If we can prove ourselves worthy of this amazing planet then we have to work out how to stop the continued abuse of the earths resources and the global warming and subsequent climate chaos that it is causing.

Given that we want to save the planet from this abuse and pre-empt the loss of available carbon fuels, we need to work out how we can maintain civilisation and stop the snowballing effects of climate change as well as forming arguments to explain this to the world. This is our raison d’etre and why many people joined the Green Party. We cannot continue to grow our economy and use more and more of the earth’s resources to make more things to buy and sell and throw away. It doesn’t take a genius to work out that we can’t keep growing our economy; Kenneth Boulding (husband of Elsie M Boulding and a renowned economist in his own right) said that Anyone who believes in indefinite growth of anything physical on a physically finite planet is either a madman or an economist. We in the Green Party have worked out that we need smaller scale, local production, more use of efficient, low carbon transport, more energy efficiency, reduction of waste and to get people to live closer to where they work and shop, or work and shop closer to where they live.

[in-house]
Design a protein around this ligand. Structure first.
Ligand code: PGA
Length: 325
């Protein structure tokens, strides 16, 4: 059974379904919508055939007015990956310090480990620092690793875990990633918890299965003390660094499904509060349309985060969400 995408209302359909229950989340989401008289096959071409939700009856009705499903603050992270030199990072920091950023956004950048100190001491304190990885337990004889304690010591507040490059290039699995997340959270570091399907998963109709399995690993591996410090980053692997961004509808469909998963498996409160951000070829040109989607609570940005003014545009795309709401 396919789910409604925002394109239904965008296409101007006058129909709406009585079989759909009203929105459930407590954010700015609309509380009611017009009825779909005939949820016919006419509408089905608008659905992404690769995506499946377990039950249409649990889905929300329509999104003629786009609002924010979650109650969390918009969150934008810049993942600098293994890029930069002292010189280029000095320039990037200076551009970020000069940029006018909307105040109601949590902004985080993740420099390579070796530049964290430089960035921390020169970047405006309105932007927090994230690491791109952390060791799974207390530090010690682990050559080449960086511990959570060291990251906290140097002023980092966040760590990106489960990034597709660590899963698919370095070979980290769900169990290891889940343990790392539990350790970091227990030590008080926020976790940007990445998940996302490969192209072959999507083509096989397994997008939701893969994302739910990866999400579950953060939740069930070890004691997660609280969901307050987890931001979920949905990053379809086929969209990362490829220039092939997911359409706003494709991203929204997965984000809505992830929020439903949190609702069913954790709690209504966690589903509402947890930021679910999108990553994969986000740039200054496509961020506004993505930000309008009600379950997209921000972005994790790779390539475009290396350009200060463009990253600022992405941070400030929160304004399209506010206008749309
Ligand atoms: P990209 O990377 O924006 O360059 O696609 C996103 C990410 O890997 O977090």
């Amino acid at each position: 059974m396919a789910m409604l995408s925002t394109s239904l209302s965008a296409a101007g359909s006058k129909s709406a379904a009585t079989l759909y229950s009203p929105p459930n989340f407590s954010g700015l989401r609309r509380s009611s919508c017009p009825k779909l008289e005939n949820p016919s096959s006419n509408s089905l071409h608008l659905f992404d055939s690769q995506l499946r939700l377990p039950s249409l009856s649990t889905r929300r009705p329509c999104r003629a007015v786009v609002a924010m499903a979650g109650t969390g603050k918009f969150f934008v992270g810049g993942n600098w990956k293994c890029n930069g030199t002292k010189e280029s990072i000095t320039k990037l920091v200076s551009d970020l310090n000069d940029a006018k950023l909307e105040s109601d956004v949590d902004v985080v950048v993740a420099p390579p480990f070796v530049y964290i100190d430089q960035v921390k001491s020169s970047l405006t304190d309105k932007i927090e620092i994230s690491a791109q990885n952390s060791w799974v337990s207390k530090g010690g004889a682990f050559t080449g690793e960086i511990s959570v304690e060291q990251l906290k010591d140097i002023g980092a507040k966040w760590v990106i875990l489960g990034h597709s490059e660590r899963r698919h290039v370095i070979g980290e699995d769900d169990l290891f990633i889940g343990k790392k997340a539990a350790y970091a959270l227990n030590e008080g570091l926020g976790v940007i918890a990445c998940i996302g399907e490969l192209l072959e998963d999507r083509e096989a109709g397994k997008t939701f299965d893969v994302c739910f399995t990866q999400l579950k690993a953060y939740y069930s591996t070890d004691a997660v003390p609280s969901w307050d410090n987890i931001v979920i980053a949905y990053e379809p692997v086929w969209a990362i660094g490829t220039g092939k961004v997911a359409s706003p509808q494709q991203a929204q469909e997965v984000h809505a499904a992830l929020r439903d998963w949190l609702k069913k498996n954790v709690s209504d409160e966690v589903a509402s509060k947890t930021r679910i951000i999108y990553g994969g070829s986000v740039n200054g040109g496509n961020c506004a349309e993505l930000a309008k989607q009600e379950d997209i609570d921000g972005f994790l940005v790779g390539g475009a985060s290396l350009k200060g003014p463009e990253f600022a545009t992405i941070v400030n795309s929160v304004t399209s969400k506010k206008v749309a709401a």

These are the things that may separate us from many other socialist political movements. But what unites us with them is the position that divides the Green Party. Most of us now believe that cycling and recycling alone will not save the planet.